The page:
Fire Chief’s Sudden Retirement Sparks Public Records Battle

By Samantha Allen 


Sometimes a little persistence goes a long way.

My editors at The Sun of Lowell came across a tip last summer, just after we learned the Westford fire chief of 37 years was announcing his retirement rather suddenly. His announcement came just a week before it was effective, and on the day I received a press release from Town Hall, we learned he was put on paid administrative leave, too.

We had heard through the grape-vine there was an outside “investigation” of the town fire department, in the quiet suburb located 15 minutes outside Lowell with around 21,000 people. 

I called up Town Manager Jodi Ross last July to learn more about then-Fire Chief Richard Rochon, and asked about any investigation coming out of, or surrounding, the department. She told me there was nothing like that in town. I was also informed that with Rochon’s salary at that time exceeding $125,000 a year, his payout would consist of sick and vacation time, as well as longevity, totaling just about $29,000.

I made a few more calls on the tip we received. I was told by the state Fire Marshal’s Office there was no investigation on their end into Westford – and then received a call from Ross telling me she was “disturbed” to hear from the state I was looking more into the issue. The town manager said she didn’t understand what I was after and then told me Rochon had served for 37 years “which is probably longer than you’ve been alive.” (Admittedly, I am 24).

Sources confirmed a consultant had come to the fire department sometime in January 2013, asking about management issues, and meeting with firefighters. When I asked Ross about this confirmed discovery, she told me the investigation was rather a “leadership training” exercise. That’s when I, through The Sun and our corporate parent Digital First Media, filed a public information request with the state’s public records law in late July. We asked for the review and any settlement agreement reached between the town and Rochon.

Town officials responded in early August, stating they would not release the external review because it was a personnel record and therefore exempt from public disclosure. They also wouldn’t release the settlement. We asked the town to reconsider but to no avail, so I appealed to the office of the Secretary of State.

The Sun’s Editor-in-Chief Jim Campanini, Managing Editor Tom Zuppa and Enterprise Editor Christopher Scott and I asked the state to review this case because we believed the public had a right to know what went on. We also learned the external review by a Carlisle-based consultant cost the taxpayers a pretty penny — $2,500. The community deserved to know why they paid for an in-depth review of their town fire department.

It wasn’t until Feb. 10 of this year that I received favorable news from Secretary of State William Galvin’s office on this topic; they said officials had to release the report as well as Rochon’s separation agreement.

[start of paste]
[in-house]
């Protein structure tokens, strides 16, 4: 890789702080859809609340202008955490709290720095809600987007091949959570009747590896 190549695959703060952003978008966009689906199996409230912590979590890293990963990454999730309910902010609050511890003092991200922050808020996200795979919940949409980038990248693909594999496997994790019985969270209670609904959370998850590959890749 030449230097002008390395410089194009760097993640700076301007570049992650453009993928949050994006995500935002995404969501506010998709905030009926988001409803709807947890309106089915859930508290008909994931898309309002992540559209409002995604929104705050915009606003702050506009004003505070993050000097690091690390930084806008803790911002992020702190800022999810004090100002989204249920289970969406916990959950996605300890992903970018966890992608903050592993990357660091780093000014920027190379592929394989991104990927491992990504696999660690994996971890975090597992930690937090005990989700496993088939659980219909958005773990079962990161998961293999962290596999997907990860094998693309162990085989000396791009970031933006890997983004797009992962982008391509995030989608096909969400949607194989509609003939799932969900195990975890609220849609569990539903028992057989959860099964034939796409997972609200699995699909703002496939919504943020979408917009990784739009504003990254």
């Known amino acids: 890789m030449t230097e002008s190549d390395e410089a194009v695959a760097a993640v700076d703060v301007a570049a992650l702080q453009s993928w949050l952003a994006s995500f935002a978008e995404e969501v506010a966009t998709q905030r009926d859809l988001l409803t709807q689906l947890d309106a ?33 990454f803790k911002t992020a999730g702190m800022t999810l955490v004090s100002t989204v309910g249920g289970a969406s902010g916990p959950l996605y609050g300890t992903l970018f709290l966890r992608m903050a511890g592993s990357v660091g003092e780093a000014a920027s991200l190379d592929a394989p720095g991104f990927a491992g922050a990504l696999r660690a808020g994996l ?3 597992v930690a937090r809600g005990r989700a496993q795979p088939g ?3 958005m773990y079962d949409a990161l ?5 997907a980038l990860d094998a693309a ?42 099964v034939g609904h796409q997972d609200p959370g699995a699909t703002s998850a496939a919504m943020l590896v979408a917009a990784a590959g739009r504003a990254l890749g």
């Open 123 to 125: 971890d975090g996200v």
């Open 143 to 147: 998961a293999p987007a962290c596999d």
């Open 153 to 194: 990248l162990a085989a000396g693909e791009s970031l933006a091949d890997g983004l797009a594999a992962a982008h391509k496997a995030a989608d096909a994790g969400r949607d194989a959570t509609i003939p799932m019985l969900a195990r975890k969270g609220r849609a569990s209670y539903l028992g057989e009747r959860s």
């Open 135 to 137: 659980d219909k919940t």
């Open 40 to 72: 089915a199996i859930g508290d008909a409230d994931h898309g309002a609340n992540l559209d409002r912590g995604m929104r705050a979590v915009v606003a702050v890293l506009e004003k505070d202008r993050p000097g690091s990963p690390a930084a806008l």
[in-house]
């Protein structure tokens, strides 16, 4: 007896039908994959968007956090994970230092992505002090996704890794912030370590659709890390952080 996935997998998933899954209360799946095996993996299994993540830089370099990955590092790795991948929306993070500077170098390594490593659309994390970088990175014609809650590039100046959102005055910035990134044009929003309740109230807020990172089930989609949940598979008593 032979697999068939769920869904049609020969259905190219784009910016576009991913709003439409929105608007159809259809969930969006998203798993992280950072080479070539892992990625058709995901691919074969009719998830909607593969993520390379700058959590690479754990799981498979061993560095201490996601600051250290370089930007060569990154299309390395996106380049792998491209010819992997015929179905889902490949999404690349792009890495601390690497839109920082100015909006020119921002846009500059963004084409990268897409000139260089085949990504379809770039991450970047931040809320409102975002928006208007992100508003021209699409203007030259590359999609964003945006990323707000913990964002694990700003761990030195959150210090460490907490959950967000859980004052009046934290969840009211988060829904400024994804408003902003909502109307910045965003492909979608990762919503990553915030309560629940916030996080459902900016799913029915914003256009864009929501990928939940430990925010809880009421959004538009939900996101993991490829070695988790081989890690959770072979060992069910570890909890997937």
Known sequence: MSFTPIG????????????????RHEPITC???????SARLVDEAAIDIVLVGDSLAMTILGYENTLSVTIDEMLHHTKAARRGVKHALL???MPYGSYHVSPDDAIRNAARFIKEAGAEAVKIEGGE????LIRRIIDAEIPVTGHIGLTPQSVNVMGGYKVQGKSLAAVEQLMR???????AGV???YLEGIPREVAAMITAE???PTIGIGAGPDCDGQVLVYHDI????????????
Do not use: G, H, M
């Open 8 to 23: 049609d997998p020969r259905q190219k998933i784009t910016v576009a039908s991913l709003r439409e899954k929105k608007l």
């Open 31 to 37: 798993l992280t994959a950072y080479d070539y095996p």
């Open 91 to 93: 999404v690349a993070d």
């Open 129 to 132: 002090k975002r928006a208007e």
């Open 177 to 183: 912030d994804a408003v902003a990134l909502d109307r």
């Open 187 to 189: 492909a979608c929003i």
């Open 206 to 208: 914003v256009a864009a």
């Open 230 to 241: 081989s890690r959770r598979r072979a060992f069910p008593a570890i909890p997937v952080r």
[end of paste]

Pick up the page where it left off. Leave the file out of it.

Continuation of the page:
Westford Firefighters Union President Dave Greenwood was hesitant to speak with me more about this until all these records became public, but once they came out, he said his union filed a vote of no confidence the week before Rochon retired. We reported that for the first time last month. Greenwood said the chief’s management style, and brisk nature with the crew, rubbed many the wrong way.

The newly-released separation agreement showed the town actually paid out Rochon another $25,000 in severance pay then was previously disclosed. When I called back Ross to ask her why this was never revealed, she told me, “If I recall, you never asked.” When I continued our interview, she clarified it was her and the Board of Selectmen’s understanding this was all supposed to be kept “confidential.” So the town kept it secret.

In the separation agreement, the town promised not to comment on this settlement whatsoever, so selectmen only offered canned responses when reached, or responded with flat out “no comments.” Rochon also denied comment — he was upset I had come across his cell phone number last summer, and told me he’d refuse to speak until I told him how I got his digits. We haven’t talked since.

The external review of the fire department, once released by the town last month, was heavily-redacted, so I’m in the process of re-appealing that to the state. The town blacked out an entire section from the consultant’s findings titled “the negatives,” a couple of “positives,” and some recommendations. I’m now in the process of requesting emails selectmen sent around on this issue, too. I’ve been told by the town manager’s office there are thousands out there, which will likely cost me thousands of dollars in public records requests.

Little information could be gleaned from the report as to why Rochon left, or what led the department to such dysfunction, but it stated two fire captains resigned over the issue. Greenwood said he couldn’t speak for those men but said overall, his union had “reached their breaking point” with their leader.

Why this public official received a $25,000 gift, funded by taxpayers completely without their knowledge, on his way out the door, is still unknown.

We believe a local governing body should be as transparent as possible, and because of our continual requests for public information on this issue, the community learned more about this than ever before. There is still more to this story out there, and I look forward to releasing more information when it comes our way.

Allen is a reporter for the Sun of Lowell newspaper and with Digital First Media. Follow her on Twitter @SAllen_89.

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